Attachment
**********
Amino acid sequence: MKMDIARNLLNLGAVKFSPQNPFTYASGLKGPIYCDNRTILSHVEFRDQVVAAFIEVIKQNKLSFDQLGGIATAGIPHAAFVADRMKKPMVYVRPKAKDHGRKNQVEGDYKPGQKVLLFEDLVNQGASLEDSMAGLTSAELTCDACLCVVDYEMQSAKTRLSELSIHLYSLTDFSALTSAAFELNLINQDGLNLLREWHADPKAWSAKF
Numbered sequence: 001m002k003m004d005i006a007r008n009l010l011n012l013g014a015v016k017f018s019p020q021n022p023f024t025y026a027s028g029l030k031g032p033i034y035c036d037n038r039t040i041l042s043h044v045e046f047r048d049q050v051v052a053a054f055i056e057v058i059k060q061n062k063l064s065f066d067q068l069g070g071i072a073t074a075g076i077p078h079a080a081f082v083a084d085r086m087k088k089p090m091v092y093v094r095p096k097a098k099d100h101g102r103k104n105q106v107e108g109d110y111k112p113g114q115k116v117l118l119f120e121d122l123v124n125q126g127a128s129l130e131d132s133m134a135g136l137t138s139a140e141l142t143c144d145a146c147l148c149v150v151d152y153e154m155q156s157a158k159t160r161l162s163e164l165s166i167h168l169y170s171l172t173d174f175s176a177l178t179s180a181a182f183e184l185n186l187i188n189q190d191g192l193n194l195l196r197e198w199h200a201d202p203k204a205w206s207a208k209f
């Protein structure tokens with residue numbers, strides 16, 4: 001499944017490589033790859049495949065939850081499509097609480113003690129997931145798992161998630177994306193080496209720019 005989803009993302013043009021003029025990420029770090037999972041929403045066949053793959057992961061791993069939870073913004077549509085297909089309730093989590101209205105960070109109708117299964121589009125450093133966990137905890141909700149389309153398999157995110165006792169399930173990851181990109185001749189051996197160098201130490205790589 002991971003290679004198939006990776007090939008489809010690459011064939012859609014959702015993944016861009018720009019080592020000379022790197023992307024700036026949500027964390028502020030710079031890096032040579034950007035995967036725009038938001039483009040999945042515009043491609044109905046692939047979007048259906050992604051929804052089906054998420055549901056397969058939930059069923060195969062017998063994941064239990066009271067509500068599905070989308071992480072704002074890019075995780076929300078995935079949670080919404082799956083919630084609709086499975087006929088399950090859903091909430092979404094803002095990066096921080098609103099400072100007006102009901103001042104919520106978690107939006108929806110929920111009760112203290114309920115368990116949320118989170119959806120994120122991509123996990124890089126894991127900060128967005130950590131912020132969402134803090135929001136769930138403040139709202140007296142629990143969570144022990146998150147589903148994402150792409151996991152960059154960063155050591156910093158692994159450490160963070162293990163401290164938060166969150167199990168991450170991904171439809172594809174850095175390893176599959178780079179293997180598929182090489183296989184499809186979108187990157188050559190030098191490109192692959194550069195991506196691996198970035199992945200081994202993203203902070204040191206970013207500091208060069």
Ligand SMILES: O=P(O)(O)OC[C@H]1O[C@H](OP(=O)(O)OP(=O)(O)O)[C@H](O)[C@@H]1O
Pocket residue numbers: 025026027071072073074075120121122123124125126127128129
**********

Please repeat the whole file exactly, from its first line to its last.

Amino acid sequence: MKMDIARNLLNLGAVKFSPQNPFTYASGLKGPIYCDNRTILSHVEFRDQVVAAFIEVIKQNKLSFDQLGGIATAGIPHAAFVADRMKKPMVYVRPKAKDHGRKNQVEGDYKPGQKVLLFEDLVNQGASLEDSMAGLTSAELTCDACLCVVDYEMQSAKTRLSELSIHLYSLTDFSALTSAAFELNLINQDGLNLLREWHADPKAWSAKF
Numbered sequence: 001m002k003m004d005i006a007r008n009l010l011n012l013g014a015v016k017f018s019p020q021n022p023f024t025y026a027s028g029l030k031g032p033i034y035c036d037n038r039t040i041l042s043h044v045e046f047r048d049q050v051v052a053a054f055i056e057v058i059k060q061n062k063l064s065f066d067q068l069g070g071i072a073t074a075g076i077p078h079a080a081f082v083a084d085r086m087k088k089p090m091v092y093v094r095p096k097a098k099d100h101g102r103k104n105q106v107e108g109d110y111k112p113g114q115k116v117l118l119f120e121d122l123v124n125q126g127a128s129l130e131d132s133m134a135g136l137t138s139a140e141l142t143c144d145a146c147l148c149v150v151d152y153e154m155q156s157a158k159t160r161l162s163e164l165s166i167h168l169y170s171l172t173d174f175s176a177l178t179s180a181a182f183e184l185n186l187i188n189q190d191g192l193n194l195l196r197e198w199h200a201d202p203k204a205w206s207a208k209f
């Protein structure tokens with residue numbers, strides 16, 4: 001499944017490589033790859049495949065939850081499509097609480113003690129997931145798992161998630177994306193080496209720019 005989803009993302013043009021003029025990420029770090037999972041929403045066949053793959057992961061791993069939870073913004077549509085297909089309730093989590101209205105960070109109708117299964121589009125450093133966990137905890141909700149389309153398999157995110165006792169399930173990851181990109185001749189051996197160098201130490205790589 002991971003290679004198939006990776007090939008489809010690459011064939012859609014959702015993944016861009018720009019080592020000379022790197023992307024700036026949500027964390028502020030710079031890096032040579034950007035995967036725009038938001039483009040999945042515009043491609044109905046692939047979007048259906050992604051929804052089906054998420055549901056397969058939930059069923060195969062017998063994941064239990066009271067509500068599905070989308071992480072704002074890019075995780076929300078995935079949670080919404082799956083919630084609709086499975087006929088399950090859903091909430092979404094803002095990066096921080098609103099400072100007006102009901103001042104919520106978690107939006108929806110929920111009760112203290114309920115368990116949320118989170119959806120994120122991509123996990124890089126894991127900060128967005130950590131912020132969402134803090135929001136769930138403040139709202140007296142629990143969570144022990146998150147589903148994402150792409151996991152960059154960063155050591156910093158692994159450490160963070162293990163401290164938060166969150167199990168991450170991904171439809172594809174850095175390893176599959178780079179293997180598929182090489183296989184499809186979108187990157188050559190030098191490109192692959194550069195991506196691996198970035199992945200081994202993203203902070204040191206970013207500091208060069």
Ligand SMILES: O=P(O)(O)OC[C@H]1O[C@H](OP(=O)(O)OP(=O)(O)O)[C@H](O)[C@@H]1O
Pocket residue numbers: 025026027071072073074075120121122123124125126127128129